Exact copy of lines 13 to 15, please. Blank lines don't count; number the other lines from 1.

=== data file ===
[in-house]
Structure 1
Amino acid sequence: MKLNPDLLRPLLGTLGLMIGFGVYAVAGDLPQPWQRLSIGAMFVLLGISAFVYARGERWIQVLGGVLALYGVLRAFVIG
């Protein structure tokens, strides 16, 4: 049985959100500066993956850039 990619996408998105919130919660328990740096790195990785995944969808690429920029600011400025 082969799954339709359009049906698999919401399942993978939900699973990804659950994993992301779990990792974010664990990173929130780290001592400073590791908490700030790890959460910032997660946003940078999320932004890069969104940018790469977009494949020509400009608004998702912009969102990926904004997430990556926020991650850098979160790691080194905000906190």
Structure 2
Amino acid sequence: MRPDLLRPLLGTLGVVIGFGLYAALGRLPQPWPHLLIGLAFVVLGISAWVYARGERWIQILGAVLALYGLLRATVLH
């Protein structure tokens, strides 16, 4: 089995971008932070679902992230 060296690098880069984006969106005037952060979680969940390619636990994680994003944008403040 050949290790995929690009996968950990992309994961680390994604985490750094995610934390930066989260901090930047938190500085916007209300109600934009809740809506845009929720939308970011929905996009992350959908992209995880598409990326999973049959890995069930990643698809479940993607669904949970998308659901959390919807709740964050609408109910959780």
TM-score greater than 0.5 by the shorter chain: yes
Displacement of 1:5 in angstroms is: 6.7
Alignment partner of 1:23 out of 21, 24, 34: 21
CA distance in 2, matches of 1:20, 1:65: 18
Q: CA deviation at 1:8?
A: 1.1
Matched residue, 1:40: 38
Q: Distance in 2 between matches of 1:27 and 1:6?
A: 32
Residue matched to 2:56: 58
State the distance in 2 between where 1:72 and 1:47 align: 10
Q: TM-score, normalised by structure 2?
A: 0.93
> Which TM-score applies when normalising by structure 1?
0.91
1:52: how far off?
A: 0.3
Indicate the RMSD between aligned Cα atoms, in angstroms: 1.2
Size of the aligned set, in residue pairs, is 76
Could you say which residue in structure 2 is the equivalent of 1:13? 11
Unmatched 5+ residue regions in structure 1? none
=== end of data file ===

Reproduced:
A: 1.1
Matched residue, 1:40: 38
Q: Distance in 2 between matches of 1:27 and 1:6?